Based on Adina Hoffman’s biography of the poet, My Happiness Bears No Relation to Happiness, Taha only deals glancingly with the vexed politics of Israel/Palestine that form the broader shapings of Ali’s life. The gift of Ali’s poetry and Hlehel’s performance is their insistence on the material human dimensions of what those politics mean.
The creation of Israel as we know it depended, as is true of all nation states, on the erasure of the memory of what was there before, the reduction of complex lives to abstract notions. Ali’s writing is a vivid memory-capsule of a forgotten life that has been erased like the native trees – olives, figs, pomegranates and almonds – that were bulldozed and uprooted in Saffuriya and replaced by stands of European pines. He vividly evokes a peasant life that has all but vanished almost everywhere in the world, its harshness, comedies and seemingly immutable truths.
Poetry came late for Ali, an autodidact who taught himself English by reading modern poetry, although all his life he ran salons attended by major Palestinian writers like Mahmoud Darwish. He didn’t publish until he was 52. The most extraordinary part of Hlehel’s extraordinary performance is when poetry arrives at a point of terrible grief: he becomes a body possessed by language, a physical embodiment of tormenting contradictions that only poetry can resolve.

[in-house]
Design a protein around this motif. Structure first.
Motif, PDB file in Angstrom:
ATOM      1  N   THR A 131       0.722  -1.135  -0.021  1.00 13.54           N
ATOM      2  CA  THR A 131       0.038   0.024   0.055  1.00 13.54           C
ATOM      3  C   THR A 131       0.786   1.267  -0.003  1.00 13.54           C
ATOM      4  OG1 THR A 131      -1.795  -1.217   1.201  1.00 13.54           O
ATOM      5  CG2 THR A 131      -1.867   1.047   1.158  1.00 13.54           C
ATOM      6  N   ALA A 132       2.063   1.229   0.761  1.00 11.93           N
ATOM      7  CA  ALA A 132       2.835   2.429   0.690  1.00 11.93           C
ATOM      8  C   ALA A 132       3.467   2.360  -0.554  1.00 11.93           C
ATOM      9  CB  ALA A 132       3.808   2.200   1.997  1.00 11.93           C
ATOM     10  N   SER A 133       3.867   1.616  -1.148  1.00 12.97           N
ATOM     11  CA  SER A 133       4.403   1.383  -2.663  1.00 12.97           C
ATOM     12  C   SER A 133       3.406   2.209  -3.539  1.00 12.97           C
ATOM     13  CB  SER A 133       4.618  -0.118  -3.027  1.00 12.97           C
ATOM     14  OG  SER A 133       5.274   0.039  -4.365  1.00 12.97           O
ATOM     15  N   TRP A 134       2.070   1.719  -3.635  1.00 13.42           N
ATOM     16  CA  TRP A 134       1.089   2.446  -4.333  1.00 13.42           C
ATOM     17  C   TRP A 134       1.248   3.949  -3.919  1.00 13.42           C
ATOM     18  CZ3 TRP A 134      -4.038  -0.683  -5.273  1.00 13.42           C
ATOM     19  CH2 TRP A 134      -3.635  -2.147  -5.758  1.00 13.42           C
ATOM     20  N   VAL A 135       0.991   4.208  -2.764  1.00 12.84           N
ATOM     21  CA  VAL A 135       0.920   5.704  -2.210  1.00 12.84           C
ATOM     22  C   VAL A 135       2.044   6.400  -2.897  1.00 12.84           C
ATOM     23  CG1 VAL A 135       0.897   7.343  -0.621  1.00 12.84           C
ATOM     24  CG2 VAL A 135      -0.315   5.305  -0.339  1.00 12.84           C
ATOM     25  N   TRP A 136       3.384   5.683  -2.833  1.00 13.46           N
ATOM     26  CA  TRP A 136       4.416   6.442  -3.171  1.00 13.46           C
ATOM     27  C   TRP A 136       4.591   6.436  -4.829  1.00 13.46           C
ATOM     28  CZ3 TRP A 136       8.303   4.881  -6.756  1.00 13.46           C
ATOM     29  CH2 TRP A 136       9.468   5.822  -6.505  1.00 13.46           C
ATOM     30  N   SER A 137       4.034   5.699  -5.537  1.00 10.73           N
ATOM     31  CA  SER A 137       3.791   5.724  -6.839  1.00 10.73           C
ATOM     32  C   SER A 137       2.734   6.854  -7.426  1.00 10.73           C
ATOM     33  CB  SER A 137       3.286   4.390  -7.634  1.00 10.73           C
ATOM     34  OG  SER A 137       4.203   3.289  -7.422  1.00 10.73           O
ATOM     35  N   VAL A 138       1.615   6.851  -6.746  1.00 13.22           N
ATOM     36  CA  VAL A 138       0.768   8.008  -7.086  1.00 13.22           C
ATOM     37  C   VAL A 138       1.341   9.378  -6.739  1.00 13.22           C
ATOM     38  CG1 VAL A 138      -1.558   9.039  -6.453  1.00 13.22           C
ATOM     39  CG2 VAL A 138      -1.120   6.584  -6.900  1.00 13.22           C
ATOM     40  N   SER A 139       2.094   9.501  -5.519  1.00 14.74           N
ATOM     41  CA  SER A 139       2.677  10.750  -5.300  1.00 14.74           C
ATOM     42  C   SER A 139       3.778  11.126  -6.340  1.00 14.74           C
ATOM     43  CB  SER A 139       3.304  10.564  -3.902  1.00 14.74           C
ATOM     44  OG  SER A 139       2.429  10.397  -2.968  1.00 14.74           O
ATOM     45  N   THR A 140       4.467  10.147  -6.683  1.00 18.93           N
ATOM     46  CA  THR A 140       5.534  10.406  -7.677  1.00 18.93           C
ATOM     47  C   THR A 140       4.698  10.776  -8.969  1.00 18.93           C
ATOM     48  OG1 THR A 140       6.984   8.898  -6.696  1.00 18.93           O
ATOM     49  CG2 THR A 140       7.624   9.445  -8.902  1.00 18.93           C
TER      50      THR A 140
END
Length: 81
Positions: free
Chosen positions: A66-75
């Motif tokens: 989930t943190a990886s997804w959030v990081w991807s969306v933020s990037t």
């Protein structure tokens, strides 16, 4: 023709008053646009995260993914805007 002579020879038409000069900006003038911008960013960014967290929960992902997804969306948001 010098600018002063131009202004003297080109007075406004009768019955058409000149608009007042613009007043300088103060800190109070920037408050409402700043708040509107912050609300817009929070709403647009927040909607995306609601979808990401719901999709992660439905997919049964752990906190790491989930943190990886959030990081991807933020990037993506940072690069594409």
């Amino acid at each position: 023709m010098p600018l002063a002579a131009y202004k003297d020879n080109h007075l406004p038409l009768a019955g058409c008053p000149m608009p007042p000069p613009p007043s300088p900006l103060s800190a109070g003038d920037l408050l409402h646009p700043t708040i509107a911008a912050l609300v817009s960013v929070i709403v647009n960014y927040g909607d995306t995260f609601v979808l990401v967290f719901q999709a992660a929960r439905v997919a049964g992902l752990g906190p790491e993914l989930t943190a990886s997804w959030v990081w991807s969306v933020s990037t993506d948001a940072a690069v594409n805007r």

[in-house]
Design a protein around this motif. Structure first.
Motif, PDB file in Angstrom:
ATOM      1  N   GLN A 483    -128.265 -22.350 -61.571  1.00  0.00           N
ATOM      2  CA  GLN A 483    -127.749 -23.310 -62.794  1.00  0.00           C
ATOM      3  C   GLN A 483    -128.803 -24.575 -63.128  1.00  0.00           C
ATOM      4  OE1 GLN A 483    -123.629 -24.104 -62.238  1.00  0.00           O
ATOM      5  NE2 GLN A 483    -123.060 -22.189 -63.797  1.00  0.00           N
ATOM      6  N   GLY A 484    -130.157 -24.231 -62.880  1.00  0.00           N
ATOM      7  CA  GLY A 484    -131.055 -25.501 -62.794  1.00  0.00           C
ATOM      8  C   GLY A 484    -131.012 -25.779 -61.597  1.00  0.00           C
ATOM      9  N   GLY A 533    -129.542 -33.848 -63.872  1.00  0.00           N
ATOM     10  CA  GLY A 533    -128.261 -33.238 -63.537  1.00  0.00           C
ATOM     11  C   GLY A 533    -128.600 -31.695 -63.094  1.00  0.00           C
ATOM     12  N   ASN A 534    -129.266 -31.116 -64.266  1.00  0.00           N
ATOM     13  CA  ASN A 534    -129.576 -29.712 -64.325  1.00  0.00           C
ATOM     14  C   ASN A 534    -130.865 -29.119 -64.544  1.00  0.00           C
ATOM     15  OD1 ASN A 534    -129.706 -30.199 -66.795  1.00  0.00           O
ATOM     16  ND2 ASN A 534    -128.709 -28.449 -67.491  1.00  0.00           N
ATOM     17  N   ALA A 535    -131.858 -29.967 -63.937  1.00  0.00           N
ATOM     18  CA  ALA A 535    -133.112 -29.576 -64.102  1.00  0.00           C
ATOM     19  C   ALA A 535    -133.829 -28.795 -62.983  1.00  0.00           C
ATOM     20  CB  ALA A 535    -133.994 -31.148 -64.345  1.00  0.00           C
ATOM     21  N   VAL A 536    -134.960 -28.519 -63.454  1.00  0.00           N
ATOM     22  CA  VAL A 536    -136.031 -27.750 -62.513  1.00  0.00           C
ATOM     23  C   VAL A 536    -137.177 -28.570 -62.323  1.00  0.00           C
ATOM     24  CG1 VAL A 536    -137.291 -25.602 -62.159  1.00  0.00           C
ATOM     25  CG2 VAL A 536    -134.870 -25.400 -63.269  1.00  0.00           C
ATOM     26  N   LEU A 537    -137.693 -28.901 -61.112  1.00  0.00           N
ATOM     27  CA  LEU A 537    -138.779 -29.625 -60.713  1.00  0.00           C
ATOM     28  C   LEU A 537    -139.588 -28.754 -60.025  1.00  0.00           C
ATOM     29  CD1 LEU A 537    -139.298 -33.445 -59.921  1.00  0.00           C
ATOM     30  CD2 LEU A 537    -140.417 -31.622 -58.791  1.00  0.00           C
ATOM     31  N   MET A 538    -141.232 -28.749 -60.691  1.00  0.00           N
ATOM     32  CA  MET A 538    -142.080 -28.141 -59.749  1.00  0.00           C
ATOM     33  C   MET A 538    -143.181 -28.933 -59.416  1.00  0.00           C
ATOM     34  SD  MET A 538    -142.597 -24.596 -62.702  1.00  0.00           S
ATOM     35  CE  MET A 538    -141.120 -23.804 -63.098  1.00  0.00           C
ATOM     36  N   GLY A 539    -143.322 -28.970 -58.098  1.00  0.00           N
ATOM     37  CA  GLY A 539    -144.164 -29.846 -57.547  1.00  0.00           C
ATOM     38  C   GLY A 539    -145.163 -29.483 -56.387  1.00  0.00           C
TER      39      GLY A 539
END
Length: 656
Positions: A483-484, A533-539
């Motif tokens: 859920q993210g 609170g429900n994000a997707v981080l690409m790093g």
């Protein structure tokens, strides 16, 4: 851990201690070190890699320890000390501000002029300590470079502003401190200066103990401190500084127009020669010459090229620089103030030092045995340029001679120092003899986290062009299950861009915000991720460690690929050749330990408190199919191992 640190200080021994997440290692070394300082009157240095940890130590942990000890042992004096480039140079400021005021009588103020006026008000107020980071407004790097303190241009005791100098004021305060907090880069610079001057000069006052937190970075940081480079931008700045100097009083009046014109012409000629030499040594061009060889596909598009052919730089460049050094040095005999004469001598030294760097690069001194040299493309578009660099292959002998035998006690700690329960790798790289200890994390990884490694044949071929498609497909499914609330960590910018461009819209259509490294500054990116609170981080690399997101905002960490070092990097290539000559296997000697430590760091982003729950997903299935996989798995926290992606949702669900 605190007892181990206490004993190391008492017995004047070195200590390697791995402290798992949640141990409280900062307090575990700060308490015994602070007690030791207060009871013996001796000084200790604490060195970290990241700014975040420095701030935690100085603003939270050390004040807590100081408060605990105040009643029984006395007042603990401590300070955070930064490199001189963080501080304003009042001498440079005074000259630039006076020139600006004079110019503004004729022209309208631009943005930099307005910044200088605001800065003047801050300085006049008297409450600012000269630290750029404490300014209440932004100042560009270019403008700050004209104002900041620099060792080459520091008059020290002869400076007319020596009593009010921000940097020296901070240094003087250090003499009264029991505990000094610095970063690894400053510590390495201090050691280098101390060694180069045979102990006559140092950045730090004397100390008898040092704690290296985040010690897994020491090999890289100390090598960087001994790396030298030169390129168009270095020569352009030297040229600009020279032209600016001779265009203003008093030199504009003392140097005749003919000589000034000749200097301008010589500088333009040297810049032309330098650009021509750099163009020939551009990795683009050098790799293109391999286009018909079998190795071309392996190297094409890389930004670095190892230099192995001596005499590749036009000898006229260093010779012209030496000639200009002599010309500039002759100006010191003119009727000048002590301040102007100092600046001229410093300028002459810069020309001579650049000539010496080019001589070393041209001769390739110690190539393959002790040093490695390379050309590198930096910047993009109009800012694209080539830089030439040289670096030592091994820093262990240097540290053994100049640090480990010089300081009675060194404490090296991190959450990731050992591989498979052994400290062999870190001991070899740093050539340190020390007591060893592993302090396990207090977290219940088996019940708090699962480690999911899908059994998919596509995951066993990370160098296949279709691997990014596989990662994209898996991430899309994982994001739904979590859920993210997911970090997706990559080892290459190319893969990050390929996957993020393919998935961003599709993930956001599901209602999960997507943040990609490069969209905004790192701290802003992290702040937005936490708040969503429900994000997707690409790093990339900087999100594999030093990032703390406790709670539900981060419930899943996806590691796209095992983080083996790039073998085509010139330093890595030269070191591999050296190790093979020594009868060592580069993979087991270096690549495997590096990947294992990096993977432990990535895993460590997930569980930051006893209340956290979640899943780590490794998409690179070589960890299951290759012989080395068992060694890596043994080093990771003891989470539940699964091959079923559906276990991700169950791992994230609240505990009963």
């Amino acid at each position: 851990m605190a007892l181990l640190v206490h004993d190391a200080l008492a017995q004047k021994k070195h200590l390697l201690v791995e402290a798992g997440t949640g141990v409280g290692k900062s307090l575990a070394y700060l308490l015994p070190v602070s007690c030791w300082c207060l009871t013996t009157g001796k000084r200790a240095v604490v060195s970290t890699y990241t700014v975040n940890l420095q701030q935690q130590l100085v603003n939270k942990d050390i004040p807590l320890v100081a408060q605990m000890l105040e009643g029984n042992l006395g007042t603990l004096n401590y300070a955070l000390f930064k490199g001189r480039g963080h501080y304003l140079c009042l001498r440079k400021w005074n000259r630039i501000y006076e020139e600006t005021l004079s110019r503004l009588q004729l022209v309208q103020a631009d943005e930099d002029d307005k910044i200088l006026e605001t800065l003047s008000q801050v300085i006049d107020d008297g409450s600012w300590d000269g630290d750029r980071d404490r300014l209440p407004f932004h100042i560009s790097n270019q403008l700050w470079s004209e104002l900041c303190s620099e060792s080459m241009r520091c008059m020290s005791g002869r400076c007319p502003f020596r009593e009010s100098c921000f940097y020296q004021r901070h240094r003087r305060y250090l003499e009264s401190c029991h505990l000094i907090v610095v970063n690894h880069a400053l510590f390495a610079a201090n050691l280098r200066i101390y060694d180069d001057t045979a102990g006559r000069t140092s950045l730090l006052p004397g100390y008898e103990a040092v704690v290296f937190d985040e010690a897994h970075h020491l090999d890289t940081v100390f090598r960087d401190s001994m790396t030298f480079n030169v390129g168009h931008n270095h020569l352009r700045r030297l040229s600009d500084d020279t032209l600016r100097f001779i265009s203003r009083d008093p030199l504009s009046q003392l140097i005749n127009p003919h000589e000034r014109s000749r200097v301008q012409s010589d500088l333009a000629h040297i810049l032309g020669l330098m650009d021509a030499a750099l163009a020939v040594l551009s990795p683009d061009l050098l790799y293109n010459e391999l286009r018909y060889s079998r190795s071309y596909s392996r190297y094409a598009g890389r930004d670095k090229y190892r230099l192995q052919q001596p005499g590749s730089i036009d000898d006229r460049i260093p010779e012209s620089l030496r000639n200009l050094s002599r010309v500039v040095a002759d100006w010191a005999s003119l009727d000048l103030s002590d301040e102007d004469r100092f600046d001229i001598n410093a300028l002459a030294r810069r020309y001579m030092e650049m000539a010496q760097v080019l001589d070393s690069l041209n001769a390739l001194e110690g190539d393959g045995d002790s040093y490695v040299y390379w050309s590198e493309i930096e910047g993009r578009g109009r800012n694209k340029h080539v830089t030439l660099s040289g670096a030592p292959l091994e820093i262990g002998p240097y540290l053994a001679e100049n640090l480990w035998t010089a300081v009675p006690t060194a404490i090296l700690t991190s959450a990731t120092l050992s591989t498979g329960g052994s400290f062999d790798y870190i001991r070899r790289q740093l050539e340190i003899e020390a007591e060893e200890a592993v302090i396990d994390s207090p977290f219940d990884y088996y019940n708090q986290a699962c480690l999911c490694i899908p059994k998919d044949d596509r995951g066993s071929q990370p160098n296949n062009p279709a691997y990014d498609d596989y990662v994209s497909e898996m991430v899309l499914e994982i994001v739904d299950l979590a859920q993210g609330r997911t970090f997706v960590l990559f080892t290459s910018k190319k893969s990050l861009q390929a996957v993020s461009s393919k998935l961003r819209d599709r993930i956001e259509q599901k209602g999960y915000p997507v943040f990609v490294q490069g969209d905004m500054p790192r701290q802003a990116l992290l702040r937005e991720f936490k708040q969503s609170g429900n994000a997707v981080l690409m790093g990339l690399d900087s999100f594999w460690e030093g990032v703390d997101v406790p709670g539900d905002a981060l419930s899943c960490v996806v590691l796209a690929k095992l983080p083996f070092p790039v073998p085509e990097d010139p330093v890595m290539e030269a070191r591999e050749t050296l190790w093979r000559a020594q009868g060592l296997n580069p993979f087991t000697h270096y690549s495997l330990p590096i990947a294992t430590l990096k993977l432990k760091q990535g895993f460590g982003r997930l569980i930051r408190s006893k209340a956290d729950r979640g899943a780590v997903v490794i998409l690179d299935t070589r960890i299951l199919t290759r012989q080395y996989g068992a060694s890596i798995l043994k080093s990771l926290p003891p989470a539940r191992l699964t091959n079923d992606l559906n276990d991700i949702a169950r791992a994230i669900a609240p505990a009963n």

The poetry itself is at once direct and complex, and owes much to Ali’s peasant background. Like much contemporary Arabic poetry, it melds influences from formal traditions of Arabic poetry and European modernism. Comparing Ali to his contemporaries, the critic John Palattella comments: “Whereas Darwish and al-Qasim, like most Palestinian poets, have favored the elevated and ornate rhetoric of fus’ha, or classical Arabic, Ali writes nonmetrical, unrhymed poems that blend classical fus’ha with colloquial Arabic.”
Hlelel’s text, restrained but full of feeling, is beautifully written and structured. The poems, mostly recited in Arabic with English surtitles projected behind the actor, arise organically from the text as moments of intensity before relaxing back into the storytelling. This production insists, gently but powerfully, on the human contact at the heart of performance. Amir Nizar Zuabi’s austere direction focuses our attention always on Hlehel, who creates a portrait of a man who has all the complexity of true simplicity. He’s stubborn, gentle, funny, and often physically awkward (later in his life Ali suffered from elephantiasis).
And in Ali’s refusal of dehumanisation and hate in the face of everything that happened to his family, it plants, as Ali himself says art should, “a measure of splendour in people’s hearts”.
After we die,
and the weary heart
has lowered its final eyelid
on all that we’ve done,
and on all that we’ve longed for,
and all that we’ve dreamt of,
all we’ve desired
hate will be
the first thing
to turn to dust
Twigs, Taha Muhammad Ali
Taha, written and performed by Amer Hlehel, directed by Amir Nizar Zuabi. Design by Ashraf Hanna, lighting by Muaz Jubeh, music by Habib Shehadeh Hanna. On the stage of the State Theatre, Arts Centre Melbourne, until July 14. Bookings
Please note: There is a total lockout once this performance commences.
Assistive hearing and Companion Cards are available for this performance.